The Waterloo Institute for Nanotechnology (WIN) and the Department of Applied Mathematics presents a joint seminar by Professor Duncan J. Mowbray, Juan de la Cierva Research Fellow, from the Nano-Bio Spectroscopy Group at Universidad del País Vasco (UPV/EHU), Centro Joxe Mari Korta, Donostia - San Sebastián, Spain.
The Role of Mathematical Modeling and Computer Simulation in Nanotechnology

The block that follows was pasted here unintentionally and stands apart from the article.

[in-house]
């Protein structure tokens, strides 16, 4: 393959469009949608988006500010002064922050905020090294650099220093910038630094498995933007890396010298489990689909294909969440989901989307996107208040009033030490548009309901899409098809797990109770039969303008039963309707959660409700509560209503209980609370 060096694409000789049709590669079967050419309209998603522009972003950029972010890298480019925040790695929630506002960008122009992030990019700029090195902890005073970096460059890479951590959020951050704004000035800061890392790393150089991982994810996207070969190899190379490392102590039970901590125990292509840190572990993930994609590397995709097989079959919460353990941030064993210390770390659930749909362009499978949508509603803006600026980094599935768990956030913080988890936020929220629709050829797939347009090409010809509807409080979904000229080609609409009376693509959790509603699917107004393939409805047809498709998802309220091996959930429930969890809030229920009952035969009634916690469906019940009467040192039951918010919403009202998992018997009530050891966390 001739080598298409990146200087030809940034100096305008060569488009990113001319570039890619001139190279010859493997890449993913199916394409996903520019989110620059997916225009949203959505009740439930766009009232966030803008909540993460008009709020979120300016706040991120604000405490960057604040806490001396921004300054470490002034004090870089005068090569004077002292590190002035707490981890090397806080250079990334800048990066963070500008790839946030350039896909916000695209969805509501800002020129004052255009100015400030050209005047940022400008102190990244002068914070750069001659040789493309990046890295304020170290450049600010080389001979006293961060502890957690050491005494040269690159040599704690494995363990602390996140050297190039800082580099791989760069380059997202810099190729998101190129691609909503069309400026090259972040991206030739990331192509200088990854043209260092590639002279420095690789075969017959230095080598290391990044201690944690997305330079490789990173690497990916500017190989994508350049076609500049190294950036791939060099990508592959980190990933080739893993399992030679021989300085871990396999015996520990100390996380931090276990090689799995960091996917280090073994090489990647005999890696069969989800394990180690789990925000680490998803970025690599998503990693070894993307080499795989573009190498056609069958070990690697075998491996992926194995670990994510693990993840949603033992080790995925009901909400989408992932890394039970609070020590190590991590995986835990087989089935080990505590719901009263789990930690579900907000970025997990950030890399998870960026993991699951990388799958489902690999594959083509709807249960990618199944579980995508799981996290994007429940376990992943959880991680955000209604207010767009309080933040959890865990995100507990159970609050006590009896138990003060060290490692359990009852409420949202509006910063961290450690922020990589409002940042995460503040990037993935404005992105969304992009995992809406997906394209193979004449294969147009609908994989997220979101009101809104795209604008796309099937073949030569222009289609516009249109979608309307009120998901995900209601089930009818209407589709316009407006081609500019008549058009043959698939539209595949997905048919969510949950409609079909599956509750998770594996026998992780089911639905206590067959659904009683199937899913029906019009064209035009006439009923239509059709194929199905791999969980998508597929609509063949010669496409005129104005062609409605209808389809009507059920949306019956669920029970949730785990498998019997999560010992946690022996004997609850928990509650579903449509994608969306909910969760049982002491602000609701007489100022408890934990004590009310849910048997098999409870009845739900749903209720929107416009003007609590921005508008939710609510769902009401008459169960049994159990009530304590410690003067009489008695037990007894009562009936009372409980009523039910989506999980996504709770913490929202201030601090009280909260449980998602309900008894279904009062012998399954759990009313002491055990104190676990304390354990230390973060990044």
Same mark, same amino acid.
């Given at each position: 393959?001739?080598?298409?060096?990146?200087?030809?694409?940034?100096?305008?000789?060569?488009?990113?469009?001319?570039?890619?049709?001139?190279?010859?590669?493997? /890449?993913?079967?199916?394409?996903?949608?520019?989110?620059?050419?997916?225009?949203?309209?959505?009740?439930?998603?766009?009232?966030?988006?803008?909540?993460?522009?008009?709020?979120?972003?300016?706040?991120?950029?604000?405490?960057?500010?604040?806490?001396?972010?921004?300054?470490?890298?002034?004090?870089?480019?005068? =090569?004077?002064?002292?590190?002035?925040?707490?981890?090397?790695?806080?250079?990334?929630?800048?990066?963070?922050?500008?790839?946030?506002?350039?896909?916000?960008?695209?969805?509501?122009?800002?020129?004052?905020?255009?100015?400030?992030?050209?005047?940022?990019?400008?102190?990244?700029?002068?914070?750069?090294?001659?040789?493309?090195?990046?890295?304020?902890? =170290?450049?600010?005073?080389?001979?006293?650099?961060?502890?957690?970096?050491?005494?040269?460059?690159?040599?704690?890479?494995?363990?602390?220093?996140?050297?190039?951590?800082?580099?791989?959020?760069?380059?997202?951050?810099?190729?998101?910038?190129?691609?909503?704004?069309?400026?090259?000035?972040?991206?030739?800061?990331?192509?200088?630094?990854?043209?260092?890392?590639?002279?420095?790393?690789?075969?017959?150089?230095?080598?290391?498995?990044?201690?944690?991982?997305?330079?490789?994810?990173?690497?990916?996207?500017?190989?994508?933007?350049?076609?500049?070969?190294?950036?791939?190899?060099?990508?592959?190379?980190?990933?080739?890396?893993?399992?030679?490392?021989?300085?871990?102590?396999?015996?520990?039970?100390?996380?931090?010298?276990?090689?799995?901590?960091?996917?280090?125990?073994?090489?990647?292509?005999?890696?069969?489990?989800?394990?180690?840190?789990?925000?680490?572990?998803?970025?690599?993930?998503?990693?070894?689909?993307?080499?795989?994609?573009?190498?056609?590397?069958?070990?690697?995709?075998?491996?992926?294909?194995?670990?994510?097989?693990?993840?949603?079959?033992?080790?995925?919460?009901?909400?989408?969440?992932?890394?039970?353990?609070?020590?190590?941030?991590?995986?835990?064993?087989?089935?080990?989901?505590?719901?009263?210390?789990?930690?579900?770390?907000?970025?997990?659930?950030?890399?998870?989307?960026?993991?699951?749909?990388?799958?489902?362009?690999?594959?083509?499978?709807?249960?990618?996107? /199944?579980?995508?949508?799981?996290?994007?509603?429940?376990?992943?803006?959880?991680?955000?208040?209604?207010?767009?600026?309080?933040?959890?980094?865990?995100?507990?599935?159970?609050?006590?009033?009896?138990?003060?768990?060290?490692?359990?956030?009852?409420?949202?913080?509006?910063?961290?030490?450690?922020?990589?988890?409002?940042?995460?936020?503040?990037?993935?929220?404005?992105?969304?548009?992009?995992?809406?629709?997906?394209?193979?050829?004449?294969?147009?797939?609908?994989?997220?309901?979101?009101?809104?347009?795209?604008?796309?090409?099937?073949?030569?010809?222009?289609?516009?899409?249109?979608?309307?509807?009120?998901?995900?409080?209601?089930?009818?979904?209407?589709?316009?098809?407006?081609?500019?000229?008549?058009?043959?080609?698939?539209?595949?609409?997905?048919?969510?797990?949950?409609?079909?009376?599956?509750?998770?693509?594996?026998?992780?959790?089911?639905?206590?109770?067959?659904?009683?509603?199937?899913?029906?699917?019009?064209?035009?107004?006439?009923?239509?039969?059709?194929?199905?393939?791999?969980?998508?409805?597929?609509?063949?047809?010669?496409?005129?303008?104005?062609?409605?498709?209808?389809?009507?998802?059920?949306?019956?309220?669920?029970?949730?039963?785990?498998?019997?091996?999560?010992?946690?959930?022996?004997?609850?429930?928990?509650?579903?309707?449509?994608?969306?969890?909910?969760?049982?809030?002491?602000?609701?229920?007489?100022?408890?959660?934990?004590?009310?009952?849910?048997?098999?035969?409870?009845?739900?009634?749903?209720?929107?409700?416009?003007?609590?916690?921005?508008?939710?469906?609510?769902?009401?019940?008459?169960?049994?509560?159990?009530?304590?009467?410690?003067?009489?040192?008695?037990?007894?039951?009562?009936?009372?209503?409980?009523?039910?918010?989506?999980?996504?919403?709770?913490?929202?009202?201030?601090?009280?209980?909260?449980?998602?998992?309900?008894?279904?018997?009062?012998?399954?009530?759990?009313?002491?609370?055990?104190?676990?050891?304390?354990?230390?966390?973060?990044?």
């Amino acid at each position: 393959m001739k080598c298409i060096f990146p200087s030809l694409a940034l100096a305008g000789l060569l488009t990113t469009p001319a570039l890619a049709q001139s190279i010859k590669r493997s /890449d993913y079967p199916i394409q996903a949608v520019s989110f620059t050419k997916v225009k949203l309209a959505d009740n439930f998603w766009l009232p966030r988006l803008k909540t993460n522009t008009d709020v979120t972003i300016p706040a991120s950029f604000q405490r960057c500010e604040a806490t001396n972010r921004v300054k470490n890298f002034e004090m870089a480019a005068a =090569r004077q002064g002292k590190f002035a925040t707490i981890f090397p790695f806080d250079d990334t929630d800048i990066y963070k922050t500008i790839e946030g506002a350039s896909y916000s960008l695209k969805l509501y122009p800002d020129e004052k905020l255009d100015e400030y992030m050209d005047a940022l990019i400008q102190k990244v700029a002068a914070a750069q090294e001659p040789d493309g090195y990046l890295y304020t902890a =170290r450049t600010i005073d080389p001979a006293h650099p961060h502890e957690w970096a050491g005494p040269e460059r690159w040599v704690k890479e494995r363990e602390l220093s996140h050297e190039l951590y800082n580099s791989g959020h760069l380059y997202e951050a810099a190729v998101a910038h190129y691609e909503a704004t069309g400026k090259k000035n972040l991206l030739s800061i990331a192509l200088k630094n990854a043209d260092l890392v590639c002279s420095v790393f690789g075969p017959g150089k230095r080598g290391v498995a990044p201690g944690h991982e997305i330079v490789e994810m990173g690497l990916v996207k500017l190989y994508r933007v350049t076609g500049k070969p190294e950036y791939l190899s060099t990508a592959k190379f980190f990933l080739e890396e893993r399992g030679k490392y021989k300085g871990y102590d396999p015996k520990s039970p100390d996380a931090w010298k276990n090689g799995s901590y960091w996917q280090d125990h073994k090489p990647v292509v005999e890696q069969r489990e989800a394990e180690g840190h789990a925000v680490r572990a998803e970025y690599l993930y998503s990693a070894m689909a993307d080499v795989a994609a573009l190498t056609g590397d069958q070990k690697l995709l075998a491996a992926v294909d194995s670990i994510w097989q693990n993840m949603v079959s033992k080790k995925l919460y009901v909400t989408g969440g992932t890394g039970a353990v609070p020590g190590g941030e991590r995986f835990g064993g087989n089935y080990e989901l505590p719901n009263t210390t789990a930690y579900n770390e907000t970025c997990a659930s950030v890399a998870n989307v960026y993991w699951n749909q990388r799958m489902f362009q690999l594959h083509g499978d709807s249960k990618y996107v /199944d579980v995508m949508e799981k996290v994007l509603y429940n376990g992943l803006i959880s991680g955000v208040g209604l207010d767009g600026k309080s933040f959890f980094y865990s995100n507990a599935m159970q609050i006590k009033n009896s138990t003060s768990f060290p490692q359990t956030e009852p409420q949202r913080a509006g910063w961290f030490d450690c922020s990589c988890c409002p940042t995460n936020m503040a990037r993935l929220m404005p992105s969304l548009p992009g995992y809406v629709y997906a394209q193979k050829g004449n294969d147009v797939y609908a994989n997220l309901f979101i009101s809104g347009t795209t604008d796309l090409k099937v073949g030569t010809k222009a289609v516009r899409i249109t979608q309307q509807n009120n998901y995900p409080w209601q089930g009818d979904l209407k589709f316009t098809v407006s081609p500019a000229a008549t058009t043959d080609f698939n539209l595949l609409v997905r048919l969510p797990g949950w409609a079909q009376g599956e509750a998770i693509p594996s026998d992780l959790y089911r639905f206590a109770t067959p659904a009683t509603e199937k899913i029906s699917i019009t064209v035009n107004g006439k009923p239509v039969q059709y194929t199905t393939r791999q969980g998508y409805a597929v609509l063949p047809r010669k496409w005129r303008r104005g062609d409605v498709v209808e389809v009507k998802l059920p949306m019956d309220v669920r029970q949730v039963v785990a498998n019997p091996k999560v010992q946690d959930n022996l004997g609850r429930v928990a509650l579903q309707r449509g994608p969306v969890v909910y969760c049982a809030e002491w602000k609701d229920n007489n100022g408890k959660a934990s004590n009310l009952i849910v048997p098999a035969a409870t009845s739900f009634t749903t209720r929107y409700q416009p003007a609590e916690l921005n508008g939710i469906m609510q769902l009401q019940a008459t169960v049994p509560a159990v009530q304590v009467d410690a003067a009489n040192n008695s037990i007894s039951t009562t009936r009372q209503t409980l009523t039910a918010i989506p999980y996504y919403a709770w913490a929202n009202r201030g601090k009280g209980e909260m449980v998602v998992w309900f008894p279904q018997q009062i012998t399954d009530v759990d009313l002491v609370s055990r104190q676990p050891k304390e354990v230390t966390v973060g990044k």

The ability to understand, design and control structural, electronic, and optical properties at the nanoscale has led to a plethora of exciting potential applications of nanotechnology research. To fully exploit these opportunities requires a positive interplay between theory, simulation, and experiment. This may be achieved through theory and simulation (1) corroborating experimental measurements, (2) providing an understanding of the underlying mechanisms, (3) predicting the properties of new materials, and (4) computationally designing nanomaterials with specifically tailored properties. With the advent of teraflop computing, density functional theory based methods have arisen as the computational workhorses for simulations of quantum phenomena at the nanoscale. After providing a general introduction to the basic concepts behind density functional theory, we will analyze the role played by simulation and theory in catalysis, nanoelectronics, nanosensing, photocatalysis, and photovoltaics using specific examples from my research at the density functional theory, non-equilibrium Green's function methods, random phase approximation, quasiparticle, and Bethe-Salpeter levels of theory.
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